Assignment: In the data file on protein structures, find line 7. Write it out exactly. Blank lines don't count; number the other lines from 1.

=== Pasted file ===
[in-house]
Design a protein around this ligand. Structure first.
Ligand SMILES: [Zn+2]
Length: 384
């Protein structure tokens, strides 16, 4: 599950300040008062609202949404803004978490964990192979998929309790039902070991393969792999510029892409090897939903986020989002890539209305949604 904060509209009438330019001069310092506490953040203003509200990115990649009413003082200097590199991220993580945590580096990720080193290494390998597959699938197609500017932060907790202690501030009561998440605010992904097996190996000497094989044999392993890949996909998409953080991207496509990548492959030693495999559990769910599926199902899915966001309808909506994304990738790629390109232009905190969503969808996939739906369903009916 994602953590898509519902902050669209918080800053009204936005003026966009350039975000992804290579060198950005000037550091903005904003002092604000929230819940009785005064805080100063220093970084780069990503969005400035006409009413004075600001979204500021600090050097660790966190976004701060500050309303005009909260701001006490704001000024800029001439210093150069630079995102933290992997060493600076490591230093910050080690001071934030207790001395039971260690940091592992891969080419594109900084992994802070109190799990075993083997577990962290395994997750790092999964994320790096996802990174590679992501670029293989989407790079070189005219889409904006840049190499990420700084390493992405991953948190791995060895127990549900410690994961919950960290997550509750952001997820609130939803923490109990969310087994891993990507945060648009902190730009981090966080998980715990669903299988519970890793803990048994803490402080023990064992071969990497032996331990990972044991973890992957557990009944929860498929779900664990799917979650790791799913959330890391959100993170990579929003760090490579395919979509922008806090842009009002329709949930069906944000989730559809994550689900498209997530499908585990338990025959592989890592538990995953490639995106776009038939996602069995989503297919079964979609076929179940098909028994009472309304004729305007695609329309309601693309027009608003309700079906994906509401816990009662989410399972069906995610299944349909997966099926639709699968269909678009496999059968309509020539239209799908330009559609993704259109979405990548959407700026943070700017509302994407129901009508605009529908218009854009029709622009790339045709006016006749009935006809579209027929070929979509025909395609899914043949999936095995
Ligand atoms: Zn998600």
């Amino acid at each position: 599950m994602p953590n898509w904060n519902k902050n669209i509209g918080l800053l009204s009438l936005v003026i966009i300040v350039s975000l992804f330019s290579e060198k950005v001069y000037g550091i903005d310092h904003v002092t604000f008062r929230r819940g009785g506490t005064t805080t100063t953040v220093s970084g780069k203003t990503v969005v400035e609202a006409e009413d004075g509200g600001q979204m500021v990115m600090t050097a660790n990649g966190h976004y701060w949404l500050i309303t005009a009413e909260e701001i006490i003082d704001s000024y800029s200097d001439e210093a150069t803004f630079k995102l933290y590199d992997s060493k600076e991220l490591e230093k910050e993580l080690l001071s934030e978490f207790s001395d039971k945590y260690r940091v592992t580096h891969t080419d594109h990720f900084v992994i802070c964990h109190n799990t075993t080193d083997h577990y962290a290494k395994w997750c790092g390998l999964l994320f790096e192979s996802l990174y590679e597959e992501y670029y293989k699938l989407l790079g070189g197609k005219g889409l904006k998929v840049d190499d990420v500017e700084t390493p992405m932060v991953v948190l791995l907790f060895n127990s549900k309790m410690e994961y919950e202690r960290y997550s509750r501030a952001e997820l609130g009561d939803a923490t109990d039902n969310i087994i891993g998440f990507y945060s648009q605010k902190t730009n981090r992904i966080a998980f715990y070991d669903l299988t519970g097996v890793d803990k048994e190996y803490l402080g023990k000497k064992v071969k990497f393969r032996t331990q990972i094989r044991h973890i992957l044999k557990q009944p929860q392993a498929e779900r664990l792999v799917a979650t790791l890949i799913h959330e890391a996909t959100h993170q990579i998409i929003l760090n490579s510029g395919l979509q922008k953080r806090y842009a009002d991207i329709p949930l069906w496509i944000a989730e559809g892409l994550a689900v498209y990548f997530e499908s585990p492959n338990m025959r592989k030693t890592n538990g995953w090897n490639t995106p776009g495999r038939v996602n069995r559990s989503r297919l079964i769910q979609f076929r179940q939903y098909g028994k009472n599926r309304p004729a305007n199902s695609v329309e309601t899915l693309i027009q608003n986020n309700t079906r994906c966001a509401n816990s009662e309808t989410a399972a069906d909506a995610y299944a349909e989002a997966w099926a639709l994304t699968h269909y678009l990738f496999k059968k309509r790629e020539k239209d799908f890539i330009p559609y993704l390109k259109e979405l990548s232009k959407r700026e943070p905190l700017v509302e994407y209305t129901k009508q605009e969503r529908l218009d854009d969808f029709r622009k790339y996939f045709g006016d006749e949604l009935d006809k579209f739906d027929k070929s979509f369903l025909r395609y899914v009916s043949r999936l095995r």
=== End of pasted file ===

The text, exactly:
């Amino acid at each position: 599950m994602p953590n898509w904060n519902k902050n669209i509209g918080l800053l009204s009438l936005v003026i966009i300040v350039s975000l992804f330019s290579e060198k950005v001069y000037g550091i903005d310092h904003v002092t604000f008062r929230r819940g009785g506490t005064t805080t100063t953040v220093s970084g780069k203003t990503v969005v400035e609202a006409e009413d004075g509200g600001q979204m500021v990115m600090t050097a660790n990649g966190h976004y701060w949404l500050i309303t005009a009413e909260e701001i006490i003082d704001s000024y800029s200097d001439e210093a150069t803004f630079k995102l933290y590199d992997s060493k600076e991220l490591e230093k910050e993580l080690l001071s934030e978490f207790s001395d039971k945590y260690r940091v592992t580096h891969t080419d594109h990720f900084v992994i802070c964990h109190n799990t075993t080193d083997h577990y962290a290494k395994w997750c790092g390998l999964l994320f790096e192979s996802l990174y590679e597959e992501y670029y293989k699938l989407l790079g070189g197609k005219g889409l904006k998929v840049d190499d990420v500017e700084t390493p992405m932060v991953v948190l791995l907790f060895n127990s549900k309790m410690e994961y919950e202690r960290y997550s509750r501030a952001e997820l609130g009561d939803a923490t109990d039902n969310i087994i891993g998440f990507y945060s648009q605010k902190t730009n981090r992904i966080a998980f715990y070991d669903l299988t519970g097996v890793d803990k048994e190996y803490l402080g023990k000497k064992v071969k990497f393969r032996t331990q990972i094989r044991h973890i992957l044999k557990q009944p929860q392993a498929e779900r664990l792999v799917a979650t790791l890949i799913h959330e890391a996909t959100h993170q990579i998409i929003l760090n490579s510029g395919l979509q922008k953080r806090y842009a009002d991207i329709p949930l069906w496509i944000a989730e559809g892409l994550a689900v498209y990548f997530e499908s585990p492959n338990m025959r592989k030693t890592n538990g995953w090897n490639t995106p776009g495999r038939v996602n069995r559990s989503r297919l079964i769910q979609f076929r179940q939903y098909g028994k009472n599926r309304p004729a305007n199902s695609v329309e309601t899915l693309i027009q608003n986020n309700t079906r994906c966001a509401n816990s009662e309808t989410a399972a069906d909506a995610y299944a349909e989002a997966w099926a639709l994304t699968h269909y678009l990738f496999k059968k309509r790629e020539k239209d799908f890539i330009p559609y993704l390109k259109e979405l990548s232009k959407r700026e943070p905190l700017v509302e994407y209305t129901k009508q605009e969503r529908l218009d854009d969808f029709r622009k790339y996939f045709g006016d006749e949604l009935d006809k579209f739906d027929k070929s979509f369903l025909r395609y899914v009916s043949r999936l095995r």